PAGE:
Donald J. Trump, golf, LIV
Former Commander-in-chief, Donald J. Trump. Photo credit: © Kyle Mazza/NurPhoto via ZUMA Press

If Donald Trump were to lose the Republican nomination, he would destroy the GOP. Just because of that, it is inevitable that he will be chosen as the party’s presidential candidate in 2024.

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There is no way to sugarcoat it: Donald Trump is going to be the Republican presidential nominee next year. 

What seemed unfathomable after his failed coup following the 2020 election is now virtually inevitable, and anybody who says otherwise is either lying to you or to themselves.

Now, you may be asking yourself how we can be so sure and why nobody else is saying this with the same degree of certainty. After all, the first votes won’t be cast for months, and there is also the small matter of Trump facing dozens of charges related to that coup and a smattering of other alleged crimes.

Before we get to the first part of that question, let’s look at the reason why just about everybody else is pretending that, although Trump is a heavy favorite, another Republican could still win the nomination: Presidential primaries are very lucrative for the news media and the political class.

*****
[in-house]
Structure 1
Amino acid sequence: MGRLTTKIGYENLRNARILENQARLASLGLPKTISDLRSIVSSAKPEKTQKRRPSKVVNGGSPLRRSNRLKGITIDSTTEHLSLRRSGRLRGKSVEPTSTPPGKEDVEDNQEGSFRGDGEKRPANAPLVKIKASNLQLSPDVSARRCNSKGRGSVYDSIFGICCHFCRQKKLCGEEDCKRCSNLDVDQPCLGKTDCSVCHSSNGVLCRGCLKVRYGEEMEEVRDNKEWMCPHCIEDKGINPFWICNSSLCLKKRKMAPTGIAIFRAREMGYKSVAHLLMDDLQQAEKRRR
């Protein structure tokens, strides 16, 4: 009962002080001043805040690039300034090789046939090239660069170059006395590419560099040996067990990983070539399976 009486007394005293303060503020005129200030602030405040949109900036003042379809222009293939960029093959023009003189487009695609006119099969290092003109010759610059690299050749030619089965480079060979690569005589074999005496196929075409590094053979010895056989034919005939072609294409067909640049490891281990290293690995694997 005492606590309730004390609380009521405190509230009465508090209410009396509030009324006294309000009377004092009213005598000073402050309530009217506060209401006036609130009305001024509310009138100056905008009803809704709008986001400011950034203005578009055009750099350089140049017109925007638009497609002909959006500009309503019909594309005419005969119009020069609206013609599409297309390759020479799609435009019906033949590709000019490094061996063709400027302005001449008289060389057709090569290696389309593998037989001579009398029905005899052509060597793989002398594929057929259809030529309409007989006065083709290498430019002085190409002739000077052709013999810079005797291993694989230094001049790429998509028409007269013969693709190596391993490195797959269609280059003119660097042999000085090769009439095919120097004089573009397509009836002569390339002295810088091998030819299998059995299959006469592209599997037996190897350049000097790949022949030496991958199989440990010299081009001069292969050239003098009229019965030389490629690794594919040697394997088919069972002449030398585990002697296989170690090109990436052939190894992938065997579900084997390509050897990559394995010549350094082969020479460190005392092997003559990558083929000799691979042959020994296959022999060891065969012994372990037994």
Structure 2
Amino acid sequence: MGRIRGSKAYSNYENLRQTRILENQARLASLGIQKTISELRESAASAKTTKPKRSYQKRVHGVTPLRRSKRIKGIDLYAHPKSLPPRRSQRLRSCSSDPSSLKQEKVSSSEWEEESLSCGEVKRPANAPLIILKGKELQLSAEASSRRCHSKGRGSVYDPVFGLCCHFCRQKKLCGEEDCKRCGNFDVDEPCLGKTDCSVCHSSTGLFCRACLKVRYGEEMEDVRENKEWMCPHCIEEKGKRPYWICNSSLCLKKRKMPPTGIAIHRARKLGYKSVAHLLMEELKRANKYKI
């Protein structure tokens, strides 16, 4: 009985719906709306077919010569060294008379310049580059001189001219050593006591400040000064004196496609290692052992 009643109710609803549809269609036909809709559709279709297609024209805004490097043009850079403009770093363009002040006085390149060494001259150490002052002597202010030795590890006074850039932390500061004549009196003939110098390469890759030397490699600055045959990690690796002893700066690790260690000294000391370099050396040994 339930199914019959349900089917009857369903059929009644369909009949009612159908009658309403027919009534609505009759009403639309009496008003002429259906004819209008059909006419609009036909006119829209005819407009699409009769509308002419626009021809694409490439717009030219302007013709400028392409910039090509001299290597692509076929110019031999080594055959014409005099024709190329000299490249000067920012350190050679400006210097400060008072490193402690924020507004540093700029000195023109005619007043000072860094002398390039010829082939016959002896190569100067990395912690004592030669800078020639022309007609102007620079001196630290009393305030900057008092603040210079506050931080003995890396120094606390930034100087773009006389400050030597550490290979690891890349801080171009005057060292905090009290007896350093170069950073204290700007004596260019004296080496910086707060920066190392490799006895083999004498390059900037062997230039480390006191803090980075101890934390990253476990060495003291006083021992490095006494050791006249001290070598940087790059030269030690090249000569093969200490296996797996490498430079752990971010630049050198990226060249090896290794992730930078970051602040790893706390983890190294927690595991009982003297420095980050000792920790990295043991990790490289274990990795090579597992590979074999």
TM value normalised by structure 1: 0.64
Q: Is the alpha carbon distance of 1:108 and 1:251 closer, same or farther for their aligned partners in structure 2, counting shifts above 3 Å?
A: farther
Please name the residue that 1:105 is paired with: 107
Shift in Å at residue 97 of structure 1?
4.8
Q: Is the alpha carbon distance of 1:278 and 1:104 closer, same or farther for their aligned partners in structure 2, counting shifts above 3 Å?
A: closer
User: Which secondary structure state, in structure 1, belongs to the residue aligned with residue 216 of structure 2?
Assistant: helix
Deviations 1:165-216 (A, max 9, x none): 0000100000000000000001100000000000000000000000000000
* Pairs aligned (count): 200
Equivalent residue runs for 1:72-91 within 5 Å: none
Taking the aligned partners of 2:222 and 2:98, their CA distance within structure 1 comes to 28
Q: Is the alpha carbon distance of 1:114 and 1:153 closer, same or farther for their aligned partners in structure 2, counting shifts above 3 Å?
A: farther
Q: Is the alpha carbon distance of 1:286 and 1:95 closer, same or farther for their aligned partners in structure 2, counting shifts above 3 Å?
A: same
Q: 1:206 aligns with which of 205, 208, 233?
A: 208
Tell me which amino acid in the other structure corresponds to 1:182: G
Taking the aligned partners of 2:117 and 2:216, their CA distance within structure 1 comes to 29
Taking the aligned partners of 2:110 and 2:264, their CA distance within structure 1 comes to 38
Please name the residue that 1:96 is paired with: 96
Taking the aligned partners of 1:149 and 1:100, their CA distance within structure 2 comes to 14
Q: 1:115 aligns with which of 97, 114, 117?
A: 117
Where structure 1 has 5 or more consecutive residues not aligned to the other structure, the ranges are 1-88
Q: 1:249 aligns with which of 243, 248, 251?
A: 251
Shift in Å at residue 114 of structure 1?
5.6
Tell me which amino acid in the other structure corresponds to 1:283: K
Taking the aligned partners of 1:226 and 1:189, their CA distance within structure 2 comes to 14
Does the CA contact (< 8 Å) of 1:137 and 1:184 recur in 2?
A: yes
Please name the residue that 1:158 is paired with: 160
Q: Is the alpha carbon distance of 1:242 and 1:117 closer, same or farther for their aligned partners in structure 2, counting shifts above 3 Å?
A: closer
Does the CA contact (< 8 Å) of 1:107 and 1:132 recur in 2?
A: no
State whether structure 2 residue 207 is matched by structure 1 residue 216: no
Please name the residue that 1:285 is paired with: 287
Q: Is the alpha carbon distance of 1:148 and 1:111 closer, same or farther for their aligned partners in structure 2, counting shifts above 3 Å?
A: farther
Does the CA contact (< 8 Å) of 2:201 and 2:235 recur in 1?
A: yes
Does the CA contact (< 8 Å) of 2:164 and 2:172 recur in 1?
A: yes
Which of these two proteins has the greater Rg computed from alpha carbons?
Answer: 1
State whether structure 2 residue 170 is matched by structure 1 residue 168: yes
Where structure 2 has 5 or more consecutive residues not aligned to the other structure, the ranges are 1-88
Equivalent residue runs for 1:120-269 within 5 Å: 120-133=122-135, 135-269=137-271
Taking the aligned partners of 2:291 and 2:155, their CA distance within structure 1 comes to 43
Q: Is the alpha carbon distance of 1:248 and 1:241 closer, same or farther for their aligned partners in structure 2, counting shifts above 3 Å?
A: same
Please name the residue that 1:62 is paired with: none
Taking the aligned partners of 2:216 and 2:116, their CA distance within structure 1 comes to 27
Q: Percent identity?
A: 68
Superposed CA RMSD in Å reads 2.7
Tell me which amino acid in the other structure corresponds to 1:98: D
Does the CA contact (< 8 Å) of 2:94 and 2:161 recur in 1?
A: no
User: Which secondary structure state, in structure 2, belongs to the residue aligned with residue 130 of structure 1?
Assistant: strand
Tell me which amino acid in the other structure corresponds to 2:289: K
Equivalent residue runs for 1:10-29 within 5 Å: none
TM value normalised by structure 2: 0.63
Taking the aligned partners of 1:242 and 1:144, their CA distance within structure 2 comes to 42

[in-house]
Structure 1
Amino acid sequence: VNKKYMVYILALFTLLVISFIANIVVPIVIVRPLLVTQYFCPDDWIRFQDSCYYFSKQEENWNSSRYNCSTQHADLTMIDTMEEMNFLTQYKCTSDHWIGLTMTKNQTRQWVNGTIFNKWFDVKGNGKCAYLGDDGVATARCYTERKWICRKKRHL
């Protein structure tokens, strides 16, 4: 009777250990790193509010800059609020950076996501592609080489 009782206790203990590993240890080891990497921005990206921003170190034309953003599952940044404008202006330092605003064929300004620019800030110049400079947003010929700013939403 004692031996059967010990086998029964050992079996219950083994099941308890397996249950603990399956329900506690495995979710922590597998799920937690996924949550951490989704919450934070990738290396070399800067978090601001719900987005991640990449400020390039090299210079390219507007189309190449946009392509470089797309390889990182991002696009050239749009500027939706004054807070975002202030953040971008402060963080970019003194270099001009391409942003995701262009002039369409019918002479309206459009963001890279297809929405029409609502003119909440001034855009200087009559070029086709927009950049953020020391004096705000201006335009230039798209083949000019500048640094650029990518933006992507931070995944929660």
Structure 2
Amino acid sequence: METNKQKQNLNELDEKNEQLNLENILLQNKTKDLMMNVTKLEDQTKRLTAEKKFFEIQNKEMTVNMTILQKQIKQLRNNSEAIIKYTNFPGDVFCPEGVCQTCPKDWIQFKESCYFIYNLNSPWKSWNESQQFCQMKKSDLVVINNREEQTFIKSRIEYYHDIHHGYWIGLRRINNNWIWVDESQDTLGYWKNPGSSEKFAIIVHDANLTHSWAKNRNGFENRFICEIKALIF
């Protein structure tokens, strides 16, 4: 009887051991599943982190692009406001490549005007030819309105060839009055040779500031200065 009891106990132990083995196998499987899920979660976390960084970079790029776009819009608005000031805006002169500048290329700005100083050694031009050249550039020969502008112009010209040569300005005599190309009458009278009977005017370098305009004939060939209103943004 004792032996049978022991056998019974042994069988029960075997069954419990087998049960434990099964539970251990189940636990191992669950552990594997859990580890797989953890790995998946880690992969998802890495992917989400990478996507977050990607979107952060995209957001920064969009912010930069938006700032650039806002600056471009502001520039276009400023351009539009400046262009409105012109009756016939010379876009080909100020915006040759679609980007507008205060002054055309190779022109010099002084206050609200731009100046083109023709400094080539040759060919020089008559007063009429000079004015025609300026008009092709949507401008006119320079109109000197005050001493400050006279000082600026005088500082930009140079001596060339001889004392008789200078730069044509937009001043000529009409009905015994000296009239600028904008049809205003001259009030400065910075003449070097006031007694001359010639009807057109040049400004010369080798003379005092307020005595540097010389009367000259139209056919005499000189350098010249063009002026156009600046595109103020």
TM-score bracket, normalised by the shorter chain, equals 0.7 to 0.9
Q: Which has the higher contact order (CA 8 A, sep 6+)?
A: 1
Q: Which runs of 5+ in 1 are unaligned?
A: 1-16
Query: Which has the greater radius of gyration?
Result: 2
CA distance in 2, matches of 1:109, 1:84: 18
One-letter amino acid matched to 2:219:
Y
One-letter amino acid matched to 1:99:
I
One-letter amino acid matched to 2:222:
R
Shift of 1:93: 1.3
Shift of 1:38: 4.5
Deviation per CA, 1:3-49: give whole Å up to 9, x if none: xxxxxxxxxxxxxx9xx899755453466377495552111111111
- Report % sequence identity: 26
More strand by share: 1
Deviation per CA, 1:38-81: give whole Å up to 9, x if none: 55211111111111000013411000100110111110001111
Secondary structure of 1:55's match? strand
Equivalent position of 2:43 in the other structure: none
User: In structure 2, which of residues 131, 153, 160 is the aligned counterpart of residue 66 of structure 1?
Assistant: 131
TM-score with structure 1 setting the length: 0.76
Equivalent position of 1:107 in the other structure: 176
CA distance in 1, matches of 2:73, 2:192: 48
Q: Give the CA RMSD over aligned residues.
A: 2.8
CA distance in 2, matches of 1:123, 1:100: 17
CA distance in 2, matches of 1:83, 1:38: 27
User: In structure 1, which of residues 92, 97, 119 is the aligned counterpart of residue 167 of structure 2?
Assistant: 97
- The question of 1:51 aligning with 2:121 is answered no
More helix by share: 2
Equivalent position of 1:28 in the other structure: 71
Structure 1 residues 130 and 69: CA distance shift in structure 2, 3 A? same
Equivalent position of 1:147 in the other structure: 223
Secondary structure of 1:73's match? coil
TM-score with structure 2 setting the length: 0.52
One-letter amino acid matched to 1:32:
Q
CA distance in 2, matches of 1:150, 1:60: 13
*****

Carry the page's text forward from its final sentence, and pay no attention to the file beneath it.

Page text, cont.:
For the former, a competitive race means better ratings, more page views, and greater ad revenue.

For the latter, a crowded field, like the one we are seeing on the Republican side this year, means that lots of staffers and consultants are hired, paid pundits pontificate, and pollsters poll.

Everybody is making money.

As a result, the last thing any of the above want is a primary that seems to be decided… well, now.

That is the reason why news outlets pretend that Robert F. Kennedy Jr., who is much more popular among Republicans than Democrats, could ever be a threat to President Joe Biden.

More importantly, that is also why nobody is saying out loud that Trump is as close to a lock to win the GOP nomination as a candidate can be at this point.

Obviously, no candidate is going to out-Trump Trump, which means that, in order to beat him, they would have to go on the attack. But how do you attack a guy who determines what voters believe?

Stating the obvious would be bad for business. After all, why would anybody watch the first Republican debate next week if it is completely meaningless? And who is going to click on a story covering the horserace when there is only one horse and no race?

That’s right, they wouldn’t.

Therefore, just about everybody in the media is going to keep pretending for some time that the nomination isn’t in the bag for Trump just yet.

Not us, though, because WhoWhatWhy doesn’t sell ads, so we can tell you what is really going on.

But what makes us so certain that the former president will be his party’s nominee once again?

Well, for one, it’s our track record of making predictions related to Trump.

For example, about four years ago, we wrote in this space that, perhaps, the worst-case scenario in the 2020 election would be a narrow Trump loss. Here is what we said:

The things that make Trump a terrible president would make him an even worse loser of an election: He lies a lot, is corrupt, loves crazy conspiracy theories, allows foreign powers to undermine the US if it benefits him, will do anything to protect himself — even to the detriment of the country — and a sizable segment of the population follows him religiously and believes every word that is coming out of his mouth.